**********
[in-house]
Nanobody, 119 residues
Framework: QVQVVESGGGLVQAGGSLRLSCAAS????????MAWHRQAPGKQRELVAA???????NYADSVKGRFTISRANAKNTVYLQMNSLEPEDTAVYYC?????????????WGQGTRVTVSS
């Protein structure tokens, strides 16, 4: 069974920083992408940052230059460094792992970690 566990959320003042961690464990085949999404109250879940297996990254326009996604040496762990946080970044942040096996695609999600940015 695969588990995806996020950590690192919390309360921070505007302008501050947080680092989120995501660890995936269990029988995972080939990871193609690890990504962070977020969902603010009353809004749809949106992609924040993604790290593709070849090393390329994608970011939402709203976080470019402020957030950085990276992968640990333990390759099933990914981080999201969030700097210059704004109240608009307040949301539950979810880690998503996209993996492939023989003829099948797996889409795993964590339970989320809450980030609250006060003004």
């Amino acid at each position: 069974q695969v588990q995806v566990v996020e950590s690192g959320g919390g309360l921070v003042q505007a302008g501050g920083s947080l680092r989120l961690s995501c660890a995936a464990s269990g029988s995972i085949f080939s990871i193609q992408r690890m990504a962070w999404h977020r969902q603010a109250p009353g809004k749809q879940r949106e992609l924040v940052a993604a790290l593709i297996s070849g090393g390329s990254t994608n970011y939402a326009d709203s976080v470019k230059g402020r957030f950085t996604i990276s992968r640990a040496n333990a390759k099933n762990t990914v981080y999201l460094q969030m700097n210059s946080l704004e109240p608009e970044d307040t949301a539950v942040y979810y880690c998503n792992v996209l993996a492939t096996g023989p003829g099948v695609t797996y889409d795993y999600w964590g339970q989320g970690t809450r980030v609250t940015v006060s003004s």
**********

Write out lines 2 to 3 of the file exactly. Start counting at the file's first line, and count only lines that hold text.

Nanobody, 119 residues
Framework: QVQVVESGGGLVQAGGSLRLSCAAS????????MAWHRQAPGKQRELVAA???????NYADSVKGRFTISRANAKNTVYLQMNSLEPEDTAVYYC?????????????WGQGTRVTVSS